National leaders other than Charles Eliot have attempted to revive a set of great books that Americans share in common. Most notably, Robert Maynard Hutchins, president of the University of Chicago from 1929 to 1945, and Mortimer Adler, philosopher and popular author, worried that business people were becoming to specialized in their crafts and that they were decreasingly well educated.
So they set out to develop a set of evening classes for adults with the aim of helping thoughtful Americans who wished to fill the gaps in their education with critical reading of important books.
One of their students was an executive at Encyclopedia Britannica, Inc. who recognized a business opportunity. He commissioned Hutchins and Adler to identify the most important writings of Western Civilization. The project took eight years and cost Encyclopedia Britannica $2 million, culminating in 1952 with A Syntopicon, a two-volume index of thirty-page articles on… Continue reading
During his days as Harvard’s influential president, Charles W. Eliot made a frequent assertion: If you were to spend just 15 minutes a day reading the right books, a quantity that could fit on a five foot shelf, you could give yourself a proper liberal education.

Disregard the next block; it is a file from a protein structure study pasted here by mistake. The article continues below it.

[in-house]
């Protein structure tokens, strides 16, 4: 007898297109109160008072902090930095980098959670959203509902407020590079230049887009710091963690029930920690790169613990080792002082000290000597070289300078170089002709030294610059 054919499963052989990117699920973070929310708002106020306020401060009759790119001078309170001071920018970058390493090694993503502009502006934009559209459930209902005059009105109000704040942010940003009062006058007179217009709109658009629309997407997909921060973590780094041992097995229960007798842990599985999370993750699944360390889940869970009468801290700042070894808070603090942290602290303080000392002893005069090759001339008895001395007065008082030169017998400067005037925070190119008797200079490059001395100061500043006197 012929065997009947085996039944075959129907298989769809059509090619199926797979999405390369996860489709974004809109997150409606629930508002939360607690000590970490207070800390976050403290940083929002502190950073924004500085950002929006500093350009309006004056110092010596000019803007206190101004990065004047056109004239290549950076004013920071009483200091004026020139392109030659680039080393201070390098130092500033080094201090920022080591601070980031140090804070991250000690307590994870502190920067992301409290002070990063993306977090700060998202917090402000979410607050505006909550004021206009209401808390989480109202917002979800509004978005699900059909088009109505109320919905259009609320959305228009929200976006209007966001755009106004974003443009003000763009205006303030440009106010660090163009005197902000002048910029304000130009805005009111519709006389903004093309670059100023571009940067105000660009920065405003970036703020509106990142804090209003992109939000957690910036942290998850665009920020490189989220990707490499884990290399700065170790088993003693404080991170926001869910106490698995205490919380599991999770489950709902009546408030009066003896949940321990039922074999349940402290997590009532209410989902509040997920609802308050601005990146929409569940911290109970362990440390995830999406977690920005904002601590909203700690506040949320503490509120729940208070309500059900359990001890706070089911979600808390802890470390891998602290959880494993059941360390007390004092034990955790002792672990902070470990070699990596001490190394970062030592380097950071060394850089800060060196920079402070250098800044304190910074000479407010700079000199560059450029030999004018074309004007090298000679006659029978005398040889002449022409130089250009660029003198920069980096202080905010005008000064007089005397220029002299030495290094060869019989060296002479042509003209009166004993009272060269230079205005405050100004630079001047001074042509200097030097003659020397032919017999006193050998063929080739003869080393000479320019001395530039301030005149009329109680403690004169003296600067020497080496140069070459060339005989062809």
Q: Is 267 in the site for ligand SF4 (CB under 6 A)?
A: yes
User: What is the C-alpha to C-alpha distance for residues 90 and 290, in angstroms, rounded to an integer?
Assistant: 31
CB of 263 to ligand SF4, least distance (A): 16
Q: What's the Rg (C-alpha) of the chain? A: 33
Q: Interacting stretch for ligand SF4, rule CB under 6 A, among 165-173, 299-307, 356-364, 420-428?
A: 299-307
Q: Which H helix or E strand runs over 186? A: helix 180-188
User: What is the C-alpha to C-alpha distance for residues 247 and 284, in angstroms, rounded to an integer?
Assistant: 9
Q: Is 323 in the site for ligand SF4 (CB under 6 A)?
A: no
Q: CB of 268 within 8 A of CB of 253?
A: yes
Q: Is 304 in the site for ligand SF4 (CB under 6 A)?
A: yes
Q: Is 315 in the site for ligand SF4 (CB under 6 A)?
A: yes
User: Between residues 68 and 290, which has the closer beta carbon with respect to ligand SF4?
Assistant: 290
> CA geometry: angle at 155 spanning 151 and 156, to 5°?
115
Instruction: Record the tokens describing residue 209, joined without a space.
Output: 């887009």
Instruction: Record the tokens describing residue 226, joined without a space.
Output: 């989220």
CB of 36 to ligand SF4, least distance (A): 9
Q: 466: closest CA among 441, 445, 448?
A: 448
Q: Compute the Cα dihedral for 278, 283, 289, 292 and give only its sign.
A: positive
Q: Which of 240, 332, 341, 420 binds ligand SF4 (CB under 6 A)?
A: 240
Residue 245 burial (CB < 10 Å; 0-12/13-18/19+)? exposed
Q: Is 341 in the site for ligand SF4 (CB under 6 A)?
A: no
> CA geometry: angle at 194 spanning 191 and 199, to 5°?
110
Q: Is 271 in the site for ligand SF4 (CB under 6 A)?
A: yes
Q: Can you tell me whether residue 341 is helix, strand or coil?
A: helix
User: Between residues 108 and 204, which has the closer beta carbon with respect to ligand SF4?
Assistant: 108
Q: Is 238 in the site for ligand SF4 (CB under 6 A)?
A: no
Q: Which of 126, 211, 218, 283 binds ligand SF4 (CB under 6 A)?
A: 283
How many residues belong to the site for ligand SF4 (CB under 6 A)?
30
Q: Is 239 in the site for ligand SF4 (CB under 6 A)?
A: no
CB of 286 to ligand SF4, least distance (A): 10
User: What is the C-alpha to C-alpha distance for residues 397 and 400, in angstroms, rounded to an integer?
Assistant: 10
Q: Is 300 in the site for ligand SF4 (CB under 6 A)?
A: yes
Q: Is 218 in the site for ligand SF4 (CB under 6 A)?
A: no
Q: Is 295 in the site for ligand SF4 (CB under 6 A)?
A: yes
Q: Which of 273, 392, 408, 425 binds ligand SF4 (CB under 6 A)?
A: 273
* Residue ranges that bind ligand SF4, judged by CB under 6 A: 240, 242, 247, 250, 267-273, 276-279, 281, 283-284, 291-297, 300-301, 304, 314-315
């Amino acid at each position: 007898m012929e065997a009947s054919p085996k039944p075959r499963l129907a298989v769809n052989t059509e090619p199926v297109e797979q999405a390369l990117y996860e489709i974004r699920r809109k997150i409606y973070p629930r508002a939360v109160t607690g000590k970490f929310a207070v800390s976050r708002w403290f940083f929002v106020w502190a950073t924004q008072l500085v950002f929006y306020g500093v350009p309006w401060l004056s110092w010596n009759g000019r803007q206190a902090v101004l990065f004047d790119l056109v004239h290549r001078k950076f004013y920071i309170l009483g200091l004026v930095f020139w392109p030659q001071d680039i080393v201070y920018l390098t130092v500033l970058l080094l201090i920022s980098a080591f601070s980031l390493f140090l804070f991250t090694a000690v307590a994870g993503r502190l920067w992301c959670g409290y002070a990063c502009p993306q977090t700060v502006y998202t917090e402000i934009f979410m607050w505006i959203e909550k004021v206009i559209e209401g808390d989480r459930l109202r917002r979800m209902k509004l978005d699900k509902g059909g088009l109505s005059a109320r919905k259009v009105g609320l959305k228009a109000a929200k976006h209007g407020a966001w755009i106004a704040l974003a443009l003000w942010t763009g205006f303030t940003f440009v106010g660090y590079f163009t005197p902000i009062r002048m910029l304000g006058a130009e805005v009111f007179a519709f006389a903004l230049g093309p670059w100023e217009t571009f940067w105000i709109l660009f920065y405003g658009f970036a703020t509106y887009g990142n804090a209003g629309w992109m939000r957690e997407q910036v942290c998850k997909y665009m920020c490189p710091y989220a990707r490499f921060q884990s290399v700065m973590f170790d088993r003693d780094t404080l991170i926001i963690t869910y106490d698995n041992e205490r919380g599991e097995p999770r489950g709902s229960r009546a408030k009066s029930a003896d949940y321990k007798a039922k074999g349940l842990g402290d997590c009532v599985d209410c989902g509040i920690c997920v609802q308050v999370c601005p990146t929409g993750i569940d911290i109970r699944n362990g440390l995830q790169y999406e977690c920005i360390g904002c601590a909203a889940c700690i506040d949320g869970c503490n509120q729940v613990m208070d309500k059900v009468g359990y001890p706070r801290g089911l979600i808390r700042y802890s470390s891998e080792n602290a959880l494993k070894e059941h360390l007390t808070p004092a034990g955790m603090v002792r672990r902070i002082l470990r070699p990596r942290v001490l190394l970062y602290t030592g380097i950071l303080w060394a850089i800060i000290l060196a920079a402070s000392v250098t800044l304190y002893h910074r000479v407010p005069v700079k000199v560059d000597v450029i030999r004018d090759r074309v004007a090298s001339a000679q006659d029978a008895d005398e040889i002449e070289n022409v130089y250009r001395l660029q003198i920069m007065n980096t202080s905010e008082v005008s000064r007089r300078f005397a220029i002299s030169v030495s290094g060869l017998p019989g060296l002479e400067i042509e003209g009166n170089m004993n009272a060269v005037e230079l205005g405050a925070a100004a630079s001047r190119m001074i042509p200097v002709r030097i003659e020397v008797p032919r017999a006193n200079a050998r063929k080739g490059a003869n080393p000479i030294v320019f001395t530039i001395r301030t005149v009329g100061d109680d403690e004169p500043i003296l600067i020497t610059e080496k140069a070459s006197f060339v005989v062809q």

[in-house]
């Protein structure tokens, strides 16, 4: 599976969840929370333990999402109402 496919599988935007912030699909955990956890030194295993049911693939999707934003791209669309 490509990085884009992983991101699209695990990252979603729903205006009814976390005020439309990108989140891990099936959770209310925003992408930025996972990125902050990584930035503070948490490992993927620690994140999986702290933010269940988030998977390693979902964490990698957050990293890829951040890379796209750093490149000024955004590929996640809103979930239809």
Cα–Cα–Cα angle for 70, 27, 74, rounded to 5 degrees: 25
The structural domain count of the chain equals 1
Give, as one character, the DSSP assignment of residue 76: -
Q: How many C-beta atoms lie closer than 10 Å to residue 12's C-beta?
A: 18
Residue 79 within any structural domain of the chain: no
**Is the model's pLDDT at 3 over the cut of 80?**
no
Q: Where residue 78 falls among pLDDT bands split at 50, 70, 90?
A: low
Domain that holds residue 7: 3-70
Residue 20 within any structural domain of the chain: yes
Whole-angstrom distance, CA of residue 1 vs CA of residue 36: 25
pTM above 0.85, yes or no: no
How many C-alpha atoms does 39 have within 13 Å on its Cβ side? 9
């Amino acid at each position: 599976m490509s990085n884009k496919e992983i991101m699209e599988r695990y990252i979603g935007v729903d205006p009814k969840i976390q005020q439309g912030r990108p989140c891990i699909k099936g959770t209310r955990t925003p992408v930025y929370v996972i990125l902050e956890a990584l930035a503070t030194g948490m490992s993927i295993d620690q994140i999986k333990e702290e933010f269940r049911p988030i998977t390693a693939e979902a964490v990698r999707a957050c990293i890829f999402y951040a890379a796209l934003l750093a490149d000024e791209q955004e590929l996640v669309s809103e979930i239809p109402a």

As Charles W, Eliot approached retirement as President of Harvard, he argued for “great books” as a democratic means of social mobility. Not everyone could go to Harvard, he told a group of working class men, but everyone could read like “ a Harvard man.”
Editors at Collier, one of the largest publishing houses of the day, were moved by Eliot’s crusading. They made this pitch to Eliot: Assemble you have been referencing and we’ll market it.
The result was the Harvard Classics, a fifty-one-volume anthology of works first published in in 1909 that aspired to offer “the progress of man…… Continue reading